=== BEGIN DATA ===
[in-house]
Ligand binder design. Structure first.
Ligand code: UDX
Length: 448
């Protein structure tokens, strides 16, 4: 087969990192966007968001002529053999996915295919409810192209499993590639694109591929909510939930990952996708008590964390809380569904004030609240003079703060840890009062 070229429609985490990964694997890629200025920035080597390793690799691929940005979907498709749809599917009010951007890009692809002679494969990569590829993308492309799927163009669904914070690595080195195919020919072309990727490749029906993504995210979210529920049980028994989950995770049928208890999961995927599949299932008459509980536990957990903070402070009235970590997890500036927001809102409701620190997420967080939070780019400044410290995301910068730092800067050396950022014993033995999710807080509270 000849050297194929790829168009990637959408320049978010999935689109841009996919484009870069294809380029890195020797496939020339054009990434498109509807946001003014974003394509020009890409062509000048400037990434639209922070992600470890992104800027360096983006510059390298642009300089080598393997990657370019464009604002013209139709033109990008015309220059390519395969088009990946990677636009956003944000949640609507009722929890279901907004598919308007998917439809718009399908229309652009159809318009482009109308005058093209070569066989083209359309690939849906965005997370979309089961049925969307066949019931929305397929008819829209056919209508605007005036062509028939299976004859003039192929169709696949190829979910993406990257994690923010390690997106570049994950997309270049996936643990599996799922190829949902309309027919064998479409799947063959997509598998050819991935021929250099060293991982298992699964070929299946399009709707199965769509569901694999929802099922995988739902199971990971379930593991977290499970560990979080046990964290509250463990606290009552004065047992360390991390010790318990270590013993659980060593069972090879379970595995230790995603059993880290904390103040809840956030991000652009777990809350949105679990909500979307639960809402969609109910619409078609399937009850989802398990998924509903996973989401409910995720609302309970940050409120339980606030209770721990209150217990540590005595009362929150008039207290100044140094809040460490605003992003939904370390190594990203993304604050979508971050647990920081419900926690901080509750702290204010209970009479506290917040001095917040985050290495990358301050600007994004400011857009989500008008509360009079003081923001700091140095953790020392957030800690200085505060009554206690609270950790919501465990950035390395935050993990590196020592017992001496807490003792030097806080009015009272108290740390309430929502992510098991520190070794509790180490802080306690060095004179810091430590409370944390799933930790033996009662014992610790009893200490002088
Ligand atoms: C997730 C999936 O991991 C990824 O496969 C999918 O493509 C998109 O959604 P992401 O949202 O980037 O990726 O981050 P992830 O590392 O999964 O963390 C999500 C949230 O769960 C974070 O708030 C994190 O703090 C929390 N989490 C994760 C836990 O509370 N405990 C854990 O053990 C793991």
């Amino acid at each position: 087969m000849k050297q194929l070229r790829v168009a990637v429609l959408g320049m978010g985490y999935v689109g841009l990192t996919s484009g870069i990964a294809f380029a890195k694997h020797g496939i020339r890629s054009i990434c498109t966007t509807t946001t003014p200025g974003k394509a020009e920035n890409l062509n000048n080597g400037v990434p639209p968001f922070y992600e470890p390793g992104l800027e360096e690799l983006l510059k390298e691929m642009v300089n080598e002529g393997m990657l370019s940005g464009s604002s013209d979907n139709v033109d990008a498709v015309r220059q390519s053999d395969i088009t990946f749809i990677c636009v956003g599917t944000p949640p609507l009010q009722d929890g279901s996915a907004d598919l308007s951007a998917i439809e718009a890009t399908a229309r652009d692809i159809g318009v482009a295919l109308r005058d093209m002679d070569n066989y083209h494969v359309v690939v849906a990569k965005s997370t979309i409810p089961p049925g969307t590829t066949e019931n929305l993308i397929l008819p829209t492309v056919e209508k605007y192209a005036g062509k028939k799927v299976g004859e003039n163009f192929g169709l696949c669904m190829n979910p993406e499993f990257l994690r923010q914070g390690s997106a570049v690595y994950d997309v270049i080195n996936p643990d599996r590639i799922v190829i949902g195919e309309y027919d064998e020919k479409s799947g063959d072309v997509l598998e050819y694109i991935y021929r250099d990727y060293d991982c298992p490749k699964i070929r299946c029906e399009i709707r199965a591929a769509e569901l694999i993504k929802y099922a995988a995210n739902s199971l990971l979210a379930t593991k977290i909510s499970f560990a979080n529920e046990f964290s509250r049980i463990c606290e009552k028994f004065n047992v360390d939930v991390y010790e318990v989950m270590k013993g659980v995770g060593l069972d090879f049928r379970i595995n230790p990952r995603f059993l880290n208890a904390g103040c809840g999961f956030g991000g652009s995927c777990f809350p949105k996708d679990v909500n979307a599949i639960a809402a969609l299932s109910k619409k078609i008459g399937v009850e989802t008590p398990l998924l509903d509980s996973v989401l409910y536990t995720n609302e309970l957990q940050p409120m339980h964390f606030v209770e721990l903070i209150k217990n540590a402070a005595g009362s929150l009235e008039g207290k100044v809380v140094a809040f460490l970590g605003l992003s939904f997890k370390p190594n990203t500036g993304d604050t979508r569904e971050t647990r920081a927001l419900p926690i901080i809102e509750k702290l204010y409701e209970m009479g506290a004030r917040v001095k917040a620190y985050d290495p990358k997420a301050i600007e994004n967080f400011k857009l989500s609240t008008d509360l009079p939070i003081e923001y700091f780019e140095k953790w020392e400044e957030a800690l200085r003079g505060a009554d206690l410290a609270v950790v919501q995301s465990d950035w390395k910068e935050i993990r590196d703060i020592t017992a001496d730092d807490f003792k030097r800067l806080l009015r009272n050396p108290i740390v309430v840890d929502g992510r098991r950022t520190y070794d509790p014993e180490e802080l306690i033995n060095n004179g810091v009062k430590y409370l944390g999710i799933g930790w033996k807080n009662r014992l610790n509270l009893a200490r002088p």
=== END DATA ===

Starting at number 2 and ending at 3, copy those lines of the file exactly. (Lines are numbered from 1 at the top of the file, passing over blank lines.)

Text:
Ligand binder design. Structure first.
Ligand code: UDX